Here is the rub:  emergent properties.  The straw naturalist/materialist always seems to involve dismissing humans as simply a cluster of cells/molecules/chemicals, and dismissing thoughts as mere "electro-chemical" reactions.  The argument is overly reductionist and is inordinately obsessed with the components rather than the whole.  Please though, dismiss the spoken word as mere syllables.  Dismiss the written word is simple globs of graphite, streaks of ink, or random arrangements of pixels (depending on your medium).  Dismiss a building as just bricks.   Completely ignore the larger functions such things have.  An interesting note:  you can observe this kind of thing in molecules themselves.   Compounds comprised of molecules have much different properties than the elements of its component atoms possess.  A slight change in atom type or amount can also significantly change a molecule.  Hell, even a change of the position of the atoms relative to one another without changing the component atoms at all can result in a change in its observed properties at a macro level (e.g. isomerism, stereoisomerism).  In short, it is not that consciousness is just electro-chemical signals, it is that consciousness is a very difficult to explain phenomenon that fairly clearly results from said signals.

As for why he thinks that his ability to rationally determine the truth of something is superior to those who admit the neural basis to their thoughts, I have no idea.  Considering that all that we know about the fallibility of the human mind (independent of Plantinga, of course), it probably isn't a good idea to trust your thoughts alone, especially if you think that naturalism is wrong.  You might find yourself encased in a solipsist nightmare, forced to doubt external reality and the existence of other people, doomed to an existence entirely defined by only your own thoughts, since they are the only thing beyond the Deceptive Demon's reach. 

So, on that note: sleep tight.
[If you still having difficulty seeing how the video at the start of the post relates to anything at all, you are sane.  Congratulations.]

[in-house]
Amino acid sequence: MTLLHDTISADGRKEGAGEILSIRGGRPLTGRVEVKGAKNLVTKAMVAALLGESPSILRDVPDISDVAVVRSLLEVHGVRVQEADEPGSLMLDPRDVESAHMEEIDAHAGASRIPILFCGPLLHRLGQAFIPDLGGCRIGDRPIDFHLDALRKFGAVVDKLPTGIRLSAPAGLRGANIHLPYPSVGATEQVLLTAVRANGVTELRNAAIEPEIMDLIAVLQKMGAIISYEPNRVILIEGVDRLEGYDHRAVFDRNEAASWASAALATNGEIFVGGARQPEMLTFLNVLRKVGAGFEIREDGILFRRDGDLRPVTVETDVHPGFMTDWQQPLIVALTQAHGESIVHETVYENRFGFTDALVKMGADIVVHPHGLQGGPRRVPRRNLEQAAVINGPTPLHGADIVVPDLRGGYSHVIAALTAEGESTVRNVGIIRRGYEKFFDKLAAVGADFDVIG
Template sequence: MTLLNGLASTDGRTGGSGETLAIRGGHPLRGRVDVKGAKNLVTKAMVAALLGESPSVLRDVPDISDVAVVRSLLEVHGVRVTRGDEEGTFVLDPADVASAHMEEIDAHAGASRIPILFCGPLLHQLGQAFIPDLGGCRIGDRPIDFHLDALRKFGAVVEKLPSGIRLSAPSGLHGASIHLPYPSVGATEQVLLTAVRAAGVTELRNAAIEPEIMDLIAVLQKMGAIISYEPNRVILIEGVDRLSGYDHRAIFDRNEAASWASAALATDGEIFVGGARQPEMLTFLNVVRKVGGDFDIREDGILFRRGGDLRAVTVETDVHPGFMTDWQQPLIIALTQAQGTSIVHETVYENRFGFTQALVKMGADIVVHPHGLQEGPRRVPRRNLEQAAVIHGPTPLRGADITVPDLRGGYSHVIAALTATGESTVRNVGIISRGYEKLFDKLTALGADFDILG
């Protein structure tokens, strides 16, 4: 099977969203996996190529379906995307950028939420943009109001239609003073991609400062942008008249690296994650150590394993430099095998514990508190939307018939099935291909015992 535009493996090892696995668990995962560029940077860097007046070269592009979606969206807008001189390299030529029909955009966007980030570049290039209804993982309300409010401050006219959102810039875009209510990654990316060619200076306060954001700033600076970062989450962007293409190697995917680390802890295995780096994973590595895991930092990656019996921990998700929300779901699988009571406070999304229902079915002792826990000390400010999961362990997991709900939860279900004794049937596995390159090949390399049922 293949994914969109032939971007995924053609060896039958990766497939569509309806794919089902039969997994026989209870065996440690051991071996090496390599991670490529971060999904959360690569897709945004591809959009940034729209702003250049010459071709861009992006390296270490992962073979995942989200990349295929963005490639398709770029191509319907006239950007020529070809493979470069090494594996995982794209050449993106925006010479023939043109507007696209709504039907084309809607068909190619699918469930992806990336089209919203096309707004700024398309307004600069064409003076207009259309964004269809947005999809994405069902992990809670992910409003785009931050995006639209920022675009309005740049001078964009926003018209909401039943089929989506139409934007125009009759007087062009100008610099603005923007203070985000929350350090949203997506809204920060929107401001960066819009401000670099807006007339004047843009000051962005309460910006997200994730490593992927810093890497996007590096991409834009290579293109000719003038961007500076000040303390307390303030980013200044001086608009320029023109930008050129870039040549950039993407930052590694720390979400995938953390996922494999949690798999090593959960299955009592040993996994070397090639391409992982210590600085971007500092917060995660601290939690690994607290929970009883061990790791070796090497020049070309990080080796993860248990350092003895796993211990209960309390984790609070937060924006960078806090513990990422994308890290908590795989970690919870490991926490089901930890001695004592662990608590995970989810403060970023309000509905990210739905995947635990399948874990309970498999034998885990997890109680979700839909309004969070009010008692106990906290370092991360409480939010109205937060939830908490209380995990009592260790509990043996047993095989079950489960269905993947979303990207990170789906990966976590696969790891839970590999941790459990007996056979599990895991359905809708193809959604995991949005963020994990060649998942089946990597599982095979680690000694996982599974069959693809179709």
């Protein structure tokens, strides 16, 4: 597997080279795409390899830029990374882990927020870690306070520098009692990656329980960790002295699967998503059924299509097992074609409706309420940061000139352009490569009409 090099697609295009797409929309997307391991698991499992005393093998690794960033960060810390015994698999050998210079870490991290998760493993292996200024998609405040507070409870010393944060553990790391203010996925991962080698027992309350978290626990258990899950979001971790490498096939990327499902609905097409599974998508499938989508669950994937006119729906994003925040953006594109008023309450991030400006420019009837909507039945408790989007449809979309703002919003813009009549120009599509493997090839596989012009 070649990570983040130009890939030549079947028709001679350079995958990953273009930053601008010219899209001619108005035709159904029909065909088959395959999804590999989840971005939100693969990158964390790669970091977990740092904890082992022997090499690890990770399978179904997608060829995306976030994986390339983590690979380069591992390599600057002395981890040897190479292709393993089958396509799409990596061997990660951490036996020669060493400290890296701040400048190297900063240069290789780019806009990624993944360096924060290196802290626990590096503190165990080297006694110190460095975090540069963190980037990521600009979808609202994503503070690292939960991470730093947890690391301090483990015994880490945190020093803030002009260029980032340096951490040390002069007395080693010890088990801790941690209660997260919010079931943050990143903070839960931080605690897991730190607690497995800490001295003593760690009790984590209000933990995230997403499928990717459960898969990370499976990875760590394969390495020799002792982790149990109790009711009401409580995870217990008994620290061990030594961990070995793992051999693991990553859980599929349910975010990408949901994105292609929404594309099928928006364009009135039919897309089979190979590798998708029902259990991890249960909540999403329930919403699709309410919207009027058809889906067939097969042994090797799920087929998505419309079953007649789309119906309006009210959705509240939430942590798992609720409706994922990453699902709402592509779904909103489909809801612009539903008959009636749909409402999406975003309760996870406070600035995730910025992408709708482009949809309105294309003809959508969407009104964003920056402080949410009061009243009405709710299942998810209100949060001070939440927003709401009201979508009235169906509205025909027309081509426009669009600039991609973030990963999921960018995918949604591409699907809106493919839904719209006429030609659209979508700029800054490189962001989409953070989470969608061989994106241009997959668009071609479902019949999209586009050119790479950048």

pboyfloyd said...

Yea, what can anyone really say about Alvin(and the Chipmonks) Plantinga and his amazing properly basic beliefs.

What a marroon? This seems to be a philosopher's back-door to the Realm-of-B'lief

Mandar Malum said...

It is nice to see that the asylum seeker has returned to his madman's paradise...

but perhaps, because my mind is full of false belief, maybe the words I have read on your blog just now are not really there. But because i believe that I read them, it is okay... after all, there is a 50/50 chance. haha

Another great post! hope to see more soon!!

Stacy said...

I wonder how hard it is for "Jon" to go all "Jr. High" like that in the video - too funny.

"...the chances of any given belief being true is higher than he suggests it should be...""Oi" - I don't know where to begin seeker ... I believe for every drop of rain that falls, a flower grows.

Pliny-the-in-Between said...

Egads! Have you been possessed by the ghost of Tolstoy!? ;)

It'll take me a couple of days for my limited brain to assimilate all this.

mac said...

I love that Jon Guy. :-)

As to the post.....I'll get back to ya ;-)

Asylum Seeker said...

Does the realm of B'lief have any relation to the "city of R'yleh", pboy?

Thank you for the kind words, Mandar. Can't guarantee that I will have "returned" with any consistency: I tend to spend summer in a state of hibernation. But, hopefully I will be able to crawl to the blogosphere a little more often than last year.

"I believe for every drop of rain that falls, a flower grows."

I'd say it's got a 50/50 chance of being true ;)

"Have you been possessed by the ghost of Tolstoy!? ;)"

Pfft, I wish. Also, come on! This post isn't even in my top 10 in regards to length! Though I guess the language is a little dense, because I actually rephrased this post from about 4 pages of notes I scrawled down during my free time at work, the day after reading Plantinga's article and other summaries of it. Guess it's probably for the best that I left out a spiel about "factual, counterfactual, and afactual beliefs" (which was both incoherent and unconvincing, anyway).

"As to the post.....I'll get back to ya ;-)"

You damn well better.

mac said...

Adaptive behavior to a false belief can, indeed, be maladaptive.

Take the frog who thinks he may become a prince:
He goes about eating flies in hopes of becoming, while his wife frogess inhabits another less foolish frogs lilly pad...or said sily frog neglects other important aspects of his life, eating flies constantly, HOPING to become a prince - which we all know happens by a kiss from a beautiful maiden.